The iPhone 5: Five Years in Real Life Is Like Five Decades in Tech Years

I have been waiting for the iPhone 5 for a very long time. I was already completely ready to turn mine in for an upgrade last year at this time. Why? I have been using the original since 2007. No joke. Today, it's a beautiful, sleek, antique metallic phone on which I can receive and place calls but effectively use very few other features. I don't tend to be in a hurry to have the latest, greatest thing. For examples, I resisted upgrading to the 3G, the 3GS, the 4 and the 4S. But unfortunately, by waiting until I was entirely fed up with mine, I finally became determined to upgrade just when the whisper on the street was that a new model was on the horizon. I decided to wait... and wait... and wait...

I am not historically a particular gadget enthusiast; my phone was a really nice gift, and I was quickly won over by its practical applications (no game apps for me, thanks). I loved being able to pull over if lost while driving and access maps and driving directions, use the Internet on my phone to find locations or phone numbers or otherwise Google needed info on the go, have a high-quality camera on me at all times, and catch up with emails during occasional slivers of downtime - like in a waiting room - instead of necessarily needing to formally sit down for personal computer time each day. So I am not concerned with whether the new model is 18% thinner (it is) or has a 20% larger screen (it does). I just need to be able to use the device's extra-phone features without a wait that has me longing for the Internet rapidity the of old dial-up days.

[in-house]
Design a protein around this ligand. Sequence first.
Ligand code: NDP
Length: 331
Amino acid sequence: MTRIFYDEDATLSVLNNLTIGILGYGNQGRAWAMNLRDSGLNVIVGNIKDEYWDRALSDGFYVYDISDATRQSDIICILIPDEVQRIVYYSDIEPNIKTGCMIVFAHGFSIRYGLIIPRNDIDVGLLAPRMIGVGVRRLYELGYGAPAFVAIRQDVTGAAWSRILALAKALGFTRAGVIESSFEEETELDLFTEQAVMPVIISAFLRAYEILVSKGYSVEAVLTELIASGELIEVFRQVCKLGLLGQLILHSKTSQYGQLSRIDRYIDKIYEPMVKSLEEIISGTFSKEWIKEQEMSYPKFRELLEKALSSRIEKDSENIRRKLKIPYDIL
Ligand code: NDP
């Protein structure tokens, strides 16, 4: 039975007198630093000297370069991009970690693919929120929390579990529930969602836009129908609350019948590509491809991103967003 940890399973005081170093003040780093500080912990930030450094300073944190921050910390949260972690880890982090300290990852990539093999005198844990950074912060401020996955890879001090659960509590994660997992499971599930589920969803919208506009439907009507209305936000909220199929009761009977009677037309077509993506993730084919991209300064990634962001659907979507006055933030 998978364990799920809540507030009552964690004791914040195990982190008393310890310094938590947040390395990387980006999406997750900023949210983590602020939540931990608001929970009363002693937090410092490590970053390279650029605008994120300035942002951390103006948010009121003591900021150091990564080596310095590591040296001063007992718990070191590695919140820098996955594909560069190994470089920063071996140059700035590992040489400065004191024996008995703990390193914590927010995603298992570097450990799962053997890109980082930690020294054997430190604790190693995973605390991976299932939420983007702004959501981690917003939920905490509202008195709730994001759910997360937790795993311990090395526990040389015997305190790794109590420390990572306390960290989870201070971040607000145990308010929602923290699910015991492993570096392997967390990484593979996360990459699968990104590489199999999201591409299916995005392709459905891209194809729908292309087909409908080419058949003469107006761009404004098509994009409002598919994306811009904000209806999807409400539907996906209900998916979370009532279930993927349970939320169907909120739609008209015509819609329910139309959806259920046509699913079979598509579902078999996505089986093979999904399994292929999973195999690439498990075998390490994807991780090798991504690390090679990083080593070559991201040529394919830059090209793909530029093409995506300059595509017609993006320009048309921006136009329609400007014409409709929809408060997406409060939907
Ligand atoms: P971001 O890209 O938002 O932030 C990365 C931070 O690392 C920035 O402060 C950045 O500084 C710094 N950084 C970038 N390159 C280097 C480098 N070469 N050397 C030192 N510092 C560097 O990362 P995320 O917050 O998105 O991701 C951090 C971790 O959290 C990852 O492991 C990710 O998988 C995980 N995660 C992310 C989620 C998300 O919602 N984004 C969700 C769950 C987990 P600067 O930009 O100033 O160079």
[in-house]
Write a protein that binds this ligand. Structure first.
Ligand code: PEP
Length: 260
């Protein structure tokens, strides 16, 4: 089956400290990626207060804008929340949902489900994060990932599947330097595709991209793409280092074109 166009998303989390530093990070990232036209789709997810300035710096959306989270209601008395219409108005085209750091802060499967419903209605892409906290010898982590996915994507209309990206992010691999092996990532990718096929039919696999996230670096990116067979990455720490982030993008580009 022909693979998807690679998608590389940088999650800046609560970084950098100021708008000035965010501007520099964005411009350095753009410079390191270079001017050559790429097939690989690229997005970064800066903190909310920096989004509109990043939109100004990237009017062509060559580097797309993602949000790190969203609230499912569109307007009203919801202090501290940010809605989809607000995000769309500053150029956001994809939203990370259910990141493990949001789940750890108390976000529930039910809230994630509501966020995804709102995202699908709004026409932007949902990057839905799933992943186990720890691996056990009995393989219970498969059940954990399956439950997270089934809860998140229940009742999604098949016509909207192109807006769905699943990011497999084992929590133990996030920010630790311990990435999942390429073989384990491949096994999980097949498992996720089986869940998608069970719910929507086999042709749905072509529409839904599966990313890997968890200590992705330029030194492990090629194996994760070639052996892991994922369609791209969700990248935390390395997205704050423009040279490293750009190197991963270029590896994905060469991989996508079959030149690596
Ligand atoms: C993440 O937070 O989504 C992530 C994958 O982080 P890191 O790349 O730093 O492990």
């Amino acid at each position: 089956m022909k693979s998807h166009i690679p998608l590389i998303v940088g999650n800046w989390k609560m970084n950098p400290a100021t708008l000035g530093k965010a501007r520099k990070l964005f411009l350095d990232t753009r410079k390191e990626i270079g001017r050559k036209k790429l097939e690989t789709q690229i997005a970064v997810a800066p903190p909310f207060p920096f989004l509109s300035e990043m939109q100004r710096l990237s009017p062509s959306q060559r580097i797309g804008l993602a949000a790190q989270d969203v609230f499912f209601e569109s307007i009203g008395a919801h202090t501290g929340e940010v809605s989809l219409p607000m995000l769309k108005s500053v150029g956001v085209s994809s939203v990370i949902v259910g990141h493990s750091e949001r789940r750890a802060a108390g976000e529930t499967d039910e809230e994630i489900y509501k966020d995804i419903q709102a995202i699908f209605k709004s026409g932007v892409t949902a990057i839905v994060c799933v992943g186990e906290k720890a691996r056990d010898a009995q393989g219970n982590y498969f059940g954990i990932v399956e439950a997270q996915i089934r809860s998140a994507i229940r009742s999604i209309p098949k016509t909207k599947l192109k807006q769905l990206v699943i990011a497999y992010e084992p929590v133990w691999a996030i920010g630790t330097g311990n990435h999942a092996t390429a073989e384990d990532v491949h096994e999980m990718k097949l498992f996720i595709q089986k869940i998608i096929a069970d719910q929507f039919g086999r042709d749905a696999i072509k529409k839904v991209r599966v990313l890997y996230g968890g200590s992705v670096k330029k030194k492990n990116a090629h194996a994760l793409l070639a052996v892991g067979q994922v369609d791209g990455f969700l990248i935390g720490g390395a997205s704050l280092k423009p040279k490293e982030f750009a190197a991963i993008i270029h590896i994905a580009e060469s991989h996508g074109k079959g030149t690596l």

One review called the 5 boring, uninspiring, so-so, pedestrian and even - catch this - "samey," clearly heartsick for the line's early "magical" and "revolutionary" days. Sure, we were all captivated the first time we encountered the futuristic touchscreen, the little end-of-list bounces, and the amazing orientation-adjustability of the picture. Those days brought on something akin to the paradigm shift - albeit a fiction-based one - Sci Fi fans experienced with The Matrix. Anyone who enjoyed the movie couldn't help but be disappointed by its highly anticipated sequels. So to the technology thrill seekers who look to their device to provide something more than convenience and a slightly heightened sophistication of lifestyle: One can never watch The Matrix for the first time again. That doesn't make its Universe any less compelling or worthwhile. Critics can sniff at the 5 all they like; I'll be taking the red pill.

- Sarah

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